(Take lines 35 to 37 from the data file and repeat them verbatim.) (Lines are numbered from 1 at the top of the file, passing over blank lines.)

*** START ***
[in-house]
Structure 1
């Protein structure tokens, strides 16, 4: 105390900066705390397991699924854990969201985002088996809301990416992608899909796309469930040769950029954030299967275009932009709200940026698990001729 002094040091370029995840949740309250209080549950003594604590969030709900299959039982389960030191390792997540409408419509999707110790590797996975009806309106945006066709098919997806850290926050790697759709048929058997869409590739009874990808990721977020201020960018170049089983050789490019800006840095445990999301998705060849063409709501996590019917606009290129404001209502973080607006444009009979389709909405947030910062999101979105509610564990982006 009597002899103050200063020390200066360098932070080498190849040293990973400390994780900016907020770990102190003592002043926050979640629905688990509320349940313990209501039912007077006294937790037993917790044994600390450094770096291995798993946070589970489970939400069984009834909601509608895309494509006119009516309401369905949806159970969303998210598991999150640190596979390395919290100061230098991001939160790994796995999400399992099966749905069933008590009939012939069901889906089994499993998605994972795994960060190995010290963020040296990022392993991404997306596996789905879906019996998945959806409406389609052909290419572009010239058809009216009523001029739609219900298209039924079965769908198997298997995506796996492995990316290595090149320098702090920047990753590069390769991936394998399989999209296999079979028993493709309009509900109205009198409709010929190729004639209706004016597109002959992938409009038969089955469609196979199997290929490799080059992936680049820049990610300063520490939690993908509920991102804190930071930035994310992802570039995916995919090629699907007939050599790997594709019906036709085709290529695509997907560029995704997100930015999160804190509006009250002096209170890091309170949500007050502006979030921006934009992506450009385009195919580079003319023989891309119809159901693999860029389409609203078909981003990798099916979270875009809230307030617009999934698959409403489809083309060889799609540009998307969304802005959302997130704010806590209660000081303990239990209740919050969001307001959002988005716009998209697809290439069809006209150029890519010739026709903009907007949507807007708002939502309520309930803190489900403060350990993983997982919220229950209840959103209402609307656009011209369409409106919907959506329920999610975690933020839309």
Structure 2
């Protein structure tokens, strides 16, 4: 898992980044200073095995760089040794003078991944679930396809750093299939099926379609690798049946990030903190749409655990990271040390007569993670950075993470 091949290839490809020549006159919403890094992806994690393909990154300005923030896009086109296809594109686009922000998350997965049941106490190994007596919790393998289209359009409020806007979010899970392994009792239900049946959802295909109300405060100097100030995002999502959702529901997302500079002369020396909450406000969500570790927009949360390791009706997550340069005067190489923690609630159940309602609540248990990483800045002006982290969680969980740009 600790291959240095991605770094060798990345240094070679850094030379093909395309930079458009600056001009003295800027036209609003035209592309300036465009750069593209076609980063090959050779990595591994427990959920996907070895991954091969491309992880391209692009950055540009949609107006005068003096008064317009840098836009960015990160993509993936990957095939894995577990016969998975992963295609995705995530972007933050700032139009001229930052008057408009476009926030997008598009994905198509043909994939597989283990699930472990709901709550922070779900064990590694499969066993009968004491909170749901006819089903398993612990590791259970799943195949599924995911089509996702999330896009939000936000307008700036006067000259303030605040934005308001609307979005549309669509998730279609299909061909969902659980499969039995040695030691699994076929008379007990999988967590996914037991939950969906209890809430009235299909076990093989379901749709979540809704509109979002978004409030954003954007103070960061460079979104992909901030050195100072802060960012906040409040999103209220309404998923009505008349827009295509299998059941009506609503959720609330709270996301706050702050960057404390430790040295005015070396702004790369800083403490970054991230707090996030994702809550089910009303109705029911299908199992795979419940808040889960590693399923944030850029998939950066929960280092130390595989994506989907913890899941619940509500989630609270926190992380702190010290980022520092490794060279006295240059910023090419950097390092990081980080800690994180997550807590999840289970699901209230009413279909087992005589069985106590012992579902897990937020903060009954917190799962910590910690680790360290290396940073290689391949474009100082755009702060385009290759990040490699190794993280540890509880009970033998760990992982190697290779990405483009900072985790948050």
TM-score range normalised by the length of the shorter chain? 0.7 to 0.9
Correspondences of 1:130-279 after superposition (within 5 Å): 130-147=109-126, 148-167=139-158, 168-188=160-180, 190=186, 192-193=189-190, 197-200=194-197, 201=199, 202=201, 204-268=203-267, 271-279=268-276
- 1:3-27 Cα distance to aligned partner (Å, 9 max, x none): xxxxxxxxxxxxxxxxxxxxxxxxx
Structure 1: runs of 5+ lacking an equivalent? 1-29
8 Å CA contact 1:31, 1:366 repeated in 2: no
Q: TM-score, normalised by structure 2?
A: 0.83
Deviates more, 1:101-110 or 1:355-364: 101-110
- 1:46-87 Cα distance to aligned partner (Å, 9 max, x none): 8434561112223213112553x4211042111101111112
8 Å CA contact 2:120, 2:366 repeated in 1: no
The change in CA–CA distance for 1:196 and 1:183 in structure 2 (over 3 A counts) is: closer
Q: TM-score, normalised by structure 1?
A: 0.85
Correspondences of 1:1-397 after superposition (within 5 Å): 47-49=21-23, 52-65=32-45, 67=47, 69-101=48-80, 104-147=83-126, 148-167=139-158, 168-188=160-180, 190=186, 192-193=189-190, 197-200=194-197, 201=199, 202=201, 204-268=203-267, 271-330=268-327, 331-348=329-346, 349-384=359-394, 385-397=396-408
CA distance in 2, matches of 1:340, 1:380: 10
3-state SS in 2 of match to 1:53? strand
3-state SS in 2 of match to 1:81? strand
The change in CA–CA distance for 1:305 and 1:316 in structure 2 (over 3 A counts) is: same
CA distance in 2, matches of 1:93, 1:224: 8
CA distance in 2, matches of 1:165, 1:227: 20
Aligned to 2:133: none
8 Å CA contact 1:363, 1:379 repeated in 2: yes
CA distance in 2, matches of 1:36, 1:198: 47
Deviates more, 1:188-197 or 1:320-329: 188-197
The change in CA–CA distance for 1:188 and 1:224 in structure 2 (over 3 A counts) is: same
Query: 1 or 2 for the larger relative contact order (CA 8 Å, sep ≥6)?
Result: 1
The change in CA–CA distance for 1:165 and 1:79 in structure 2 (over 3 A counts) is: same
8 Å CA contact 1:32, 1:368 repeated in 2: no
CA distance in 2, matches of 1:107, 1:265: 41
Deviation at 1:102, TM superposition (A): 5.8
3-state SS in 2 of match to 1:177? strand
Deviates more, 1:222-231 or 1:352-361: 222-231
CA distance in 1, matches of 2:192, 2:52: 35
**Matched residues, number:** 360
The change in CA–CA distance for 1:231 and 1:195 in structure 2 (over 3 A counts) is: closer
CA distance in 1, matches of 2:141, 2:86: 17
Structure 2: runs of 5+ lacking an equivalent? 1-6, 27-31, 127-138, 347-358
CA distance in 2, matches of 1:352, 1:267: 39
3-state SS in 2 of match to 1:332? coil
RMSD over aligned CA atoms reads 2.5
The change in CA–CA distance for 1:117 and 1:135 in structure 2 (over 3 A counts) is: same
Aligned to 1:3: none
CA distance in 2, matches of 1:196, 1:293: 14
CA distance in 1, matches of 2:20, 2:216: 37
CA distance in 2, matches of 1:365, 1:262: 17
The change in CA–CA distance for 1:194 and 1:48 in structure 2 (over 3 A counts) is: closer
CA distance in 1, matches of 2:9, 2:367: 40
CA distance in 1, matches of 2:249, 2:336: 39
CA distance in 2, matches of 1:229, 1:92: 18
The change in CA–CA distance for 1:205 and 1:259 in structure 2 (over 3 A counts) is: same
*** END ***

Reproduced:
CA distance in 2, matches of 1:107, 1:265: 41
Deviation at 1:102, TM superposition (A): 5.8
3-state SS in 2 of match to 1:177? strand